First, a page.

Auspex Systems, Inc., Santa Clara

Data processing system with logical processing facility supporting a plurality
of system control programs for production operation
    Amdahl Corporation, Sunnyvale

Intelligent waxer carrier
    Asyst Technologies, Inc., Milpitas

Measuring utilization of processor shared by multiple system control programs
    Amdahl Corporation, Sunnyvale

Method and apparatus for updating system software for a plurality of data
processing units in a communication network
    Network Equipment Technologies, Inc., Redwood City

Cross-path optimization in multi-task processing
    Wiltron Company, Morgan Hill

Customization of a system control program in response to initialization of a
computer system
    Amdahl Corporation, Sunnyvale

Processing systems with intelligent article tracking
    Asyst Technologies, Inc., Milpitas

Error recovery scheme for destaging cache data in a multi-memory system
    Amdahl Corporation, Sunnyvale

Version management system using plural control fields for synchronizing two
versions of files in a multiprocessor system
    Amdahl Corporation, Sunnyvale

Multilevel bootstrap apparatus
    Scientific Micro Systems, Inc., Mountain View


FIRM:     LIMBACH & LIMBACH

Kiosk apparatus and method for point of preview and for compilation of market
data
    Intouch Group, Inc., San Francisco

Method of generating and accessing a database independent of its structure
and syntax
    Teknekron Communications Systems, Inc., Berkeley

Multi-channel peripheral interface using selectively flaggable channel
register sets for concurrent write in response to any selected channel
register write instruction
    National Semiconductor Corporation, Santa Clara

Method of programming a task, having a plurality of processes, created by a
plurality of different programmers, for operation by a computer
    Teknekron Communications Systems, Inc., Berkeley

Memory management in packet data mode systems
    National Semiconductor Corporation, Santa Clara

Distributed routing unit for fully-automated flexible manufacturing system
    National Semiconductor Corporation, Santa Clara

Transaction system with off-line risk assessment
    Visa International Service Association, San Mateo

Portable financial transaction card capable of authorizing a transaction in
foreign currencies
    VISA International Service Association, San Mateo

Transaction system with off-line risk assessment
    Visa International Service Association, San Mateo


FIRM:     SKJERVEN, MORRILL, MACPHERSON, FRANKLIN & FRIEL

Method and apparatus for data transfer between source and destination modules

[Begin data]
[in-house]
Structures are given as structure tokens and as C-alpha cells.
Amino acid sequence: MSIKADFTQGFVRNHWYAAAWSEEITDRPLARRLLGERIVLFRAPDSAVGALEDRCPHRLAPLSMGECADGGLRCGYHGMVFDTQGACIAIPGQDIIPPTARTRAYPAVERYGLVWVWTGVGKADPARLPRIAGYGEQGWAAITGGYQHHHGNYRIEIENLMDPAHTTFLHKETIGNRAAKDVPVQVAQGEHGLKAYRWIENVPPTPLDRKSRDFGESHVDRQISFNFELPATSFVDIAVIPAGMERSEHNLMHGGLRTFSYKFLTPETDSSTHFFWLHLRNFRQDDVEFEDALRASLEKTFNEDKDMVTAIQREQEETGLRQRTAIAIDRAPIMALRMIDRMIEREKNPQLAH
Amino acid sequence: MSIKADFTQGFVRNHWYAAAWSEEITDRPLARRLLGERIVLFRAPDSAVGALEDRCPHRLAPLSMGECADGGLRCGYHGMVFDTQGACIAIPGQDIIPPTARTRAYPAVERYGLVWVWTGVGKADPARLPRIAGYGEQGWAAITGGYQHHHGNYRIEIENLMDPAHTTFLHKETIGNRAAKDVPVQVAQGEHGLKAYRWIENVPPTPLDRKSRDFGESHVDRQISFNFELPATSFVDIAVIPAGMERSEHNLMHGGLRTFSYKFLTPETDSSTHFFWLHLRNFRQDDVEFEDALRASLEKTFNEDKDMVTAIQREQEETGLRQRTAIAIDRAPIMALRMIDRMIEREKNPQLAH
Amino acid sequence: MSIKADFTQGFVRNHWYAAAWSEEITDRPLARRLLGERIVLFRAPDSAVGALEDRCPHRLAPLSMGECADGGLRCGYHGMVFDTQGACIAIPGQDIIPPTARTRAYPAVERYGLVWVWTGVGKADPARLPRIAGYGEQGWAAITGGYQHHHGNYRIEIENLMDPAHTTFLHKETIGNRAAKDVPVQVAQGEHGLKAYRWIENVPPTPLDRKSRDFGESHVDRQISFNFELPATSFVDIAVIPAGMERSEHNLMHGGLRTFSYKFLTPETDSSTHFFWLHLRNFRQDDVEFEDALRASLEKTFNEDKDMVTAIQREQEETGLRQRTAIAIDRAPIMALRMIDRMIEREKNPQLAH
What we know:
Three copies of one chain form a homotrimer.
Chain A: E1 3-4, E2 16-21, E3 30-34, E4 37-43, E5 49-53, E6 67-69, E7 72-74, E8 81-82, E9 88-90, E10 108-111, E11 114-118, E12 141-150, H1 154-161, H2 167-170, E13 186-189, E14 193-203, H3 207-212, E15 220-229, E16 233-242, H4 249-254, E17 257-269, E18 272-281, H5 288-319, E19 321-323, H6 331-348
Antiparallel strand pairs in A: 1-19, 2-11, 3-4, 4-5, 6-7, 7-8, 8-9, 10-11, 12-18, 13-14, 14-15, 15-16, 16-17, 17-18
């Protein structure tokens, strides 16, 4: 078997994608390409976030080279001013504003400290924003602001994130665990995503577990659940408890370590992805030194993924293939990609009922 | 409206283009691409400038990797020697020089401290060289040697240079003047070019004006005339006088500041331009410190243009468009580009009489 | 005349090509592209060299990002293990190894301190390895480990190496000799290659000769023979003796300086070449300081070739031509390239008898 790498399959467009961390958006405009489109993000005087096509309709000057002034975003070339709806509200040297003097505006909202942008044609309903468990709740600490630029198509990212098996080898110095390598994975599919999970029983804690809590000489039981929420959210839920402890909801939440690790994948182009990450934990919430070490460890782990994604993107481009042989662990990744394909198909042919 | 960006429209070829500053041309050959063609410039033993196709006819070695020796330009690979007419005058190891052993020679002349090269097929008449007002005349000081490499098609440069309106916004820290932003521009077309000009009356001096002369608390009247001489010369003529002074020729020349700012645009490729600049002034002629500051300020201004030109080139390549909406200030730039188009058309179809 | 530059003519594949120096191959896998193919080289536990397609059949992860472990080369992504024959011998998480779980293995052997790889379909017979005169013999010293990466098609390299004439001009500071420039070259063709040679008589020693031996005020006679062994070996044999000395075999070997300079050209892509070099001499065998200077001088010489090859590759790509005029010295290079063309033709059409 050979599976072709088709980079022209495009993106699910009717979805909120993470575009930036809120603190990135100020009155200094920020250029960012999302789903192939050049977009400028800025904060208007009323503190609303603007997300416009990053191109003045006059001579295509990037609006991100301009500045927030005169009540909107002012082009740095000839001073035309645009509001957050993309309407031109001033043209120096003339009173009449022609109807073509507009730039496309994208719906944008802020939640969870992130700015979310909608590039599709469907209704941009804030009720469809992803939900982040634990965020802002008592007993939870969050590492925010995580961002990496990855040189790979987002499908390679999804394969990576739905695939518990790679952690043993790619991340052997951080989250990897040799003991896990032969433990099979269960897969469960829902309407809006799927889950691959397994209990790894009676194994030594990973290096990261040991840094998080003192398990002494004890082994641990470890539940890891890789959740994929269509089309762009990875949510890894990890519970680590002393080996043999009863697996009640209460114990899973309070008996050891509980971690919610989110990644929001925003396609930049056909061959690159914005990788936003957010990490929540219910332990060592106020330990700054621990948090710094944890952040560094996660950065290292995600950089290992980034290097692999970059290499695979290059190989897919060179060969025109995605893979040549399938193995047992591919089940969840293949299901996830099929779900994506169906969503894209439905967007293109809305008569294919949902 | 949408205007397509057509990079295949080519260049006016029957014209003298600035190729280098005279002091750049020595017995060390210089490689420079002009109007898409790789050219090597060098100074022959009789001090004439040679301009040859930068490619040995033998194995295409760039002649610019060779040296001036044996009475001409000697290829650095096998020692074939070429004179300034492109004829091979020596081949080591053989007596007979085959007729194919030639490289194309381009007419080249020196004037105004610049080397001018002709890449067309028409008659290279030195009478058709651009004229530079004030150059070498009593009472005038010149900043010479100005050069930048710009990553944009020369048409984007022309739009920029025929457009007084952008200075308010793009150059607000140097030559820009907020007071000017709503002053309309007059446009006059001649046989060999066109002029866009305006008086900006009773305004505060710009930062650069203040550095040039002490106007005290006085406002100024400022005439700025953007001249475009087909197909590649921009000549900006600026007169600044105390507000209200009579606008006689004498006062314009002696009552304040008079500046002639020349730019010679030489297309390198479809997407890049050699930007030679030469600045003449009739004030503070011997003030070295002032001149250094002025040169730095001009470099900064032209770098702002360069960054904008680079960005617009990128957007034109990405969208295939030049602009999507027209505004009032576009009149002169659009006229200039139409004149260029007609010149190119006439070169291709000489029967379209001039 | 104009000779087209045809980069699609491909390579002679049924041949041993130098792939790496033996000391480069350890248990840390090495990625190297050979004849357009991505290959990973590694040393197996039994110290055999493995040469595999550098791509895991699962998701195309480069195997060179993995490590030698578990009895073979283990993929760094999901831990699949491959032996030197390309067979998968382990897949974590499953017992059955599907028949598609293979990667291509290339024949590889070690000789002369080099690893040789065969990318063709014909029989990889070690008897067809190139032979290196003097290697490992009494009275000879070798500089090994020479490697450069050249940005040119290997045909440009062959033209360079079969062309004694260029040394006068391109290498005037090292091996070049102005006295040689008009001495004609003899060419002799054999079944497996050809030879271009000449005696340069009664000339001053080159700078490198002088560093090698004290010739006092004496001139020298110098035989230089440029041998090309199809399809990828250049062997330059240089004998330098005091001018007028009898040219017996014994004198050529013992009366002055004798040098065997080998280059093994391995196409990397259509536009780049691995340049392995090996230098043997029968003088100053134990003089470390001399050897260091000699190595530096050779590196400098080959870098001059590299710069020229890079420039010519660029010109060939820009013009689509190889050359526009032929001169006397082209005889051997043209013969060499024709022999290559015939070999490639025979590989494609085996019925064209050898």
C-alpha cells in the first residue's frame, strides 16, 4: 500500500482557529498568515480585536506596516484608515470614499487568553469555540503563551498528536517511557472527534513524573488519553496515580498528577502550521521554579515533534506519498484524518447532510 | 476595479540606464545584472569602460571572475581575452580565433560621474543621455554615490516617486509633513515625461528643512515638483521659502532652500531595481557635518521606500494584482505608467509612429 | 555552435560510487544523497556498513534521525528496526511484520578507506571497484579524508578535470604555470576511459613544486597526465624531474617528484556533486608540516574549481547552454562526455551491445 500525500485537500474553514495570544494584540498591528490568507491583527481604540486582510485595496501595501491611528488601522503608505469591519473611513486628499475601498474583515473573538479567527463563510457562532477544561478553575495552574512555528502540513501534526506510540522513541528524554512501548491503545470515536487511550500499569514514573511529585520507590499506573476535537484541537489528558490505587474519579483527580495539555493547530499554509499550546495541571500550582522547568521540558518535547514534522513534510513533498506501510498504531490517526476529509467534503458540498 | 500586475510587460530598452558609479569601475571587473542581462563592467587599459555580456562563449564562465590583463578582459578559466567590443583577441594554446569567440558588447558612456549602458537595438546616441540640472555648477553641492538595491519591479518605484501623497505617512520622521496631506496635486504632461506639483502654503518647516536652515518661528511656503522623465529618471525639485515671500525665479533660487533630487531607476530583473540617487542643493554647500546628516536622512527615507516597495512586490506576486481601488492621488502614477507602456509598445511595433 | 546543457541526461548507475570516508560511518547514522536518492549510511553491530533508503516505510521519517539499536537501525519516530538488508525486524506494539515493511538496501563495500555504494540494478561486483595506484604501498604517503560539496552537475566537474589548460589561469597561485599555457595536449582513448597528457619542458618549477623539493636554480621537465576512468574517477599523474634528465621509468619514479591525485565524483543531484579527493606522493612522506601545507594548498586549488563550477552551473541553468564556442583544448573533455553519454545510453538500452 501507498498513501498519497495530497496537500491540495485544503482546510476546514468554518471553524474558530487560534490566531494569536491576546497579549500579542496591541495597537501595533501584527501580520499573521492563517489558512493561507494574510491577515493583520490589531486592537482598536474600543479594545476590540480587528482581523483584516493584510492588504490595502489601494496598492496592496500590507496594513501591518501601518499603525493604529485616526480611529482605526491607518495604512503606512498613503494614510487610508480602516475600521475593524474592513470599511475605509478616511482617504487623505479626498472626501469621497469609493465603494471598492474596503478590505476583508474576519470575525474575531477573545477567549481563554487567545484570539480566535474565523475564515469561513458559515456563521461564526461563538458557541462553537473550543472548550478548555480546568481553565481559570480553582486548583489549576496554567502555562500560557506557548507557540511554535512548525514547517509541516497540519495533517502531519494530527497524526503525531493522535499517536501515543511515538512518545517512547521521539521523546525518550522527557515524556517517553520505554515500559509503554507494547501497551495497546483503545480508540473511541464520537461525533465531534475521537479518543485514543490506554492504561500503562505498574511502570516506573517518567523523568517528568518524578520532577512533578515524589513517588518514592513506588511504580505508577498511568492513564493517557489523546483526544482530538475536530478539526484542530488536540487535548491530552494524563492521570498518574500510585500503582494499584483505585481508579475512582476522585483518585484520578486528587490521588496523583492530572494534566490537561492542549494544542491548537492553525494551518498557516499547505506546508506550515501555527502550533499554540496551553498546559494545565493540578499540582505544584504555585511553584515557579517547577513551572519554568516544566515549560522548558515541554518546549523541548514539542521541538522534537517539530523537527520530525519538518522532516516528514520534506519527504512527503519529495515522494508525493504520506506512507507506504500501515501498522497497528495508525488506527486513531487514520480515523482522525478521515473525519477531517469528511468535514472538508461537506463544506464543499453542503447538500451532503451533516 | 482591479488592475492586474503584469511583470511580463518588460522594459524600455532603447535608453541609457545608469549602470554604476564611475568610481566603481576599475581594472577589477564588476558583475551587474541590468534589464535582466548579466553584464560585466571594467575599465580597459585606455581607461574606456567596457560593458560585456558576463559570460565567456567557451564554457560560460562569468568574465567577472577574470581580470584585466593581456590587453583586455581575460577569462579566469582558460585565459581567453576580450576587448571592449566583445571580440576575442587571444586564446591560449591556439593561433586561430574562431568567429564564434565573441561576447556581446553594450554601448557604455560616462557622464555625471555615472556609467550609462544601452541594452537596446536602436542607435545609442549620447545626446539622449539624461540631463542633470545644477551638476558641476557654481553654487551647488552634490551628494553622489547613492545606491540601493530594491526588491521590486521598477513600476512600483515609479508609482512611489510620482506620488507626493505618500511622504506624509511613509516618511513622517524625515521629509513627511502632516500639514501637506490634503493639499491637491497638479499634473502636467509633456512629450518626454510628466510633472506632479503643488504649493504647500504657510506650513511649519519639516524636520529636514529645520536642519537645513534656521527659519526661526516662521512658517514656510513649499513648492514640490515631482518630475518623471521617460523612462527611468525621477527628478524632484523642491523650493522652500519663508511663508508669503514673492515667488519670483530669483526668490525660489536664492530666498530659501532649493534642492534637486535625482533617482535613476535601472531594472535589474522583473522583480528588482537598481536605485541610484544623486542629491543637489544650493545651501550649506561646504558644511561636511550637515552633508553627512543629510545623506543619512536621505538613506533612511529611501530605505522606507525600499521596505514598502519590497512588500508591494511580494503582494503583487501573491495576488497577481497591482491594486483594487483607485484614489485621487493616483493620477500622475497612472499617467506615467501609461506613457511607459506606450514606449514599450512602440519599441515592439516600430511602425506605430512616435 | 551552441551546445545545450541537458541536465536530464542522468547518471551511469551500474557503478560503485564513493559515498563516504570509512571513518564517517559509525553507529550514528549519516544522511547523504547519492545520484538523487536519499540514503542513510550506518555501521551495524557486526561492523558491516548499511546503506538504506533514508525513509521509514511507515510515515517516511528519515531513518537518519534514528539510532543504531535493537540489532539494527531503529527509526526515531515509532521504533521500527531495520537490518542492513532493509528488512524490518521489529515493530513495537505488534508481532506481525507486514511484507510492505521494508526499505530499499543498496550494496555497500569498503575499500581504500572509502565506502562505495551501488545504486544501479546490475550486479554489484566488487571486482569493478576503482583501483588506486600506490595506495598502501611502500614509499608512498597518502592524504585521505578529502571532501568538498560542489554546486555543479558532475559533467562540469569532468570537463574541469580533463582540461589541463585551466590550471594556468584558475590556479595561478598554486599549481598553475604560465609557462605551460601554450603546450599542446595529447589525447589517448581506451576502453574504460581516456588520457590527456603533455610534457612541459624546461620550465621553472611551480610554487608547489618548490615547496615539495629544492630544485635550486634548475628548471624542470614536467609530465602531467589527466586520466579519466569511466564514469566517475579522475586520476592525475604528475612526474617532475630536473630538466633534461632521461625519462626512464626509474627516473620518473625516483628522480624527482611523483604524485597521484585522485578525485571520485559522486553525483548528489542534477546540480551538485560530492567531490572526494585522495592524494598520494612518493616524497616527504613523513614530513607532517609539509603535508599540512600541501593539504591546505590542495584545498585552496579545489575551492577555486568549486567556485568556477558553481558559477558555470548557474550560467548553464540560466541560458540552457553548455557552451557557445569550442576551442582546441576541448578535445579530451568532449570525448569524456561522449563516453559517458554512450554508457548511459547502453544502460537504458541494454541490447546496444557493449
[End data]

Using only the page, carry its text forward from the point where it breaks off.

Alantec, Inc., Fremont

Method for controlling execution of host computer application programs through
a second computer by establishing relevant parameters having variable time of
occurrence and context
    Mitem Corporation, San Jose

Computer-based method and system for product development
    Advanced Micro Devices, Inc., Sunnyvale

Sound editing system using visually displayed control line for altering
specified characteristic of adjacent segment of stored waveform
    Macromedia, Inc., San Francisco

Programmable expandable controller with flexible I/O
    Advanced Micro Devices, Inc., Sunnyvale

Sound editing system using control line for altering specified characteristic
of adjacent segment of the stored waveform
    Macromedia, Inc., San Francisco

Application address display window mapper for a sharable MS-DOS processor
    Athenix Corporation, Sunnyvale

Expert control system for real time management of automated factory equipment
    DEL Partners L.P., Palo Alto

Method for increasing effective addresable data processing system memory space
    Cirrus Logic, Inc., Milpitas

Compensating time delay in filtering signals of multi-dimensional
reconfigurable array processors
    LSI Logic Corporation, Milpitas


FIRM:     TOWNSEND AND TOWNSEND KHOURIE AND CREW

Translation lookaside buffer shutdown scheme
    Silicon Graphics, Inc., Mountain View

Two-level translation look-aside buffer using partial addresses for enhanced
speed
    Silicon Graphics, Inc., Mountin View

Processor having plurality of functional units for orderly retiring
outstanding operations based upon its associated tags
    Nexgen Microsystems, San Jose

Resource management in a multiple resource system
    Micro Technology, Inc., Sunnyvale

Apparatus and method for controlling data flow between a computer and memory
devices
    Micro Technology, Inc., Sunnyvale

Method and apparatus for automatic categorization of applicants from resumes
    Resumix, Inc., Santa Clara

System for modifying relocatable object code files to monitor accesses to
dynamically allocated memory
    Pure Software Inc., Sunnyvale

Buffering system for dynamically providing data to multiple storage elements
    Micro Technology, Inc., Sunnyvale

Queue system with uninterrupted transfer of data through intermediate
locations to selected queue location
    Tandem Computers Incorporated, Cupertino

Distributed text editing system with remote terminal transmits successive
audit messages each identifying individual editing operation
    Tandem Computers Incorporated, Cupertino

Shipment system including processing of document images
    Teknekron Transportation Systems, Berkeley

Method and apparatus for computer understanding and manipulation of minimally
formatted text documents
    Resumix, Inc., Santa Clara

Data storage format for addressable or sequential memory media
    Dantz Development Corporation, Berkeley

Failure-tolerant mass storage system
    SF2 Corporation, Sunnyvale

System for cache space allocation using selective addressing
    Tandem Computers Incorporated, Cupertino

Solid state disk drive emulation
    GRiD Systems Corporation, Fremont

Geometric inference engine
    Ashlar, Inc., Sunnyvale

Method for prioritizing data in financial information system
    Pillar Corporation, Foster City